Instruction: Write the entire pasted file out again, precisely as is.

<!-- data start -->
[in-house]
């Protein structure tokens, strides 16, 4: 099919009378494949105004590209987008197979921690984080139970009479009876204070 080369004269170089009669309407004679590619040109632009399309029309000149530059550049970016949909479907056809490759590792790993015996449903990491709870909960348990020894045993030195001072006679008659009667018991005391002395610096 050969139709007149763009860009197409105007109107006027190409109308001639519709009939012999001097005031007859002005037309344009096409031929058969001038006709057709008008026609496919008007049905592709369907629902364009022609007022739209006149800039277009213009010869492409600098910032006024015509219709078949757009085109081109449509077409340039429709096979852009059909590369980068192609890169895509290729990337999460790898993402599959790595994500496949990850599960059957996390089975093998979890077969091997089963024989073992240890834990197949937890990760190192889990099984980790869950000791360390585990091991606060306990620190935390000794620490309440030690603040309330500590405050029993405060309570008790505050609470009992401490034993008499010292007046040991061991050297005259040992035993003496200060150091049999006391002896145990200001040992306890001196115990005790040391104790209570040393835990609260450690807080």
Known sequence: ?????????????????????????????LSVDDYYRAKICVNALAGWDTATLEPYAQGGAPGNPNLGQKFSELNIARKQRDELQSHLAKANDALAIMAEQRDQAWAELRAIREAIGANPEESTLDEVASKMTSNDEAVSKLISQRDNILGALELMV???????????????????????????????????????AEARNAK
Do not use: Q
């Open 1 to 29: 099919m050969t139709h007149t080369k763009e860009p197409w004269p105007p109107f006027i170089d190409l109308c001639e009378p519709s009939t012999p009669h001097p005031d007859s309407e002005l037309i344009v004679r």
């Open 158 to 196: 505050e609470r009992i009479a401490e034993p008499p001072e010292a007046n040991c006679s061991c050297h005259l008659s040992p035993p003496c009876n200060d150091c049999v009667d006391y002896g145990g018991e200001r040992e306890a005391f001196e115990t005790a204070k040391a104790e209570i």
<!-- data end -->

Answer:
[in-house]
């Protein structure tokens, strides 16, 4: 099919009378494949105004590209987008197979921690984080139970009479009876204070 080369004269170089009669309407004679590619040109632009399309029309000149530059550049970016949909479907056809490759590792790993015996449903990491709870909960348990020894045993030195001072006679008659009667018991005391002395610096 050969139709007149763009860009197409105007109107006027190409109308001639519709009939012999001097005031007859002005037309344009096409031929058969001038006709057709008008026609496919008007049905592709369907629902364009022609007022739209006149800039277009213009010869492409600098910032006024015509219709078949757009085109081109449509077409340039429709096979852009059909590369980068192609890169895509290729990337999460790898993402599959790595994500496949990850599960059957996390089975093998979890077969091997089963024989073992240890834990197949937890990760190192889990099984980790869950000791360390585990091991606060306990620190935390000794620490309440030690603040309330500590405050029993405060309570008790505050609470009992401490034993008499010292007046040991061991050297005259040992035993003496200060150091049999006391002896145990200001040992306890001196115990005790040391104790209570040393835990609260450690807080």
Known sequence: ?????????????????????????????LSVDDYYRAKICVNALAGWDTATLEPYAQGGAPGNPNLGQKFSELNIARKQRDELQSHLAKANDALAIMAEQRDQAWAELRAIREAIGANPEESTLDEVASKMTSNDEAVSKLISQRDNILGALELMV???????????????????????????????????????AEARNAK
Do not use: Q
């Open 1 to 29: 099919m050969t139709h007149t080369k763009e860009p197409w004269p105007p109107f006027i170089d190409l109308c001639e009378p519709s009939t012999p009669h001097p005031d007859s309407e002005l037309i344009v004679r």
């Open 158 to 196: 505050e609470r009992i009479a401490e034993p008499p001072e010292a007046n040991c006679s061991c050297h005259l008659s040992p035993p003496c009876n200060d150091c049999v009667d006391y002896g145990g018991e200001r040992e306890a005391f001196e115990t005790a204070k040391a104790e209570i």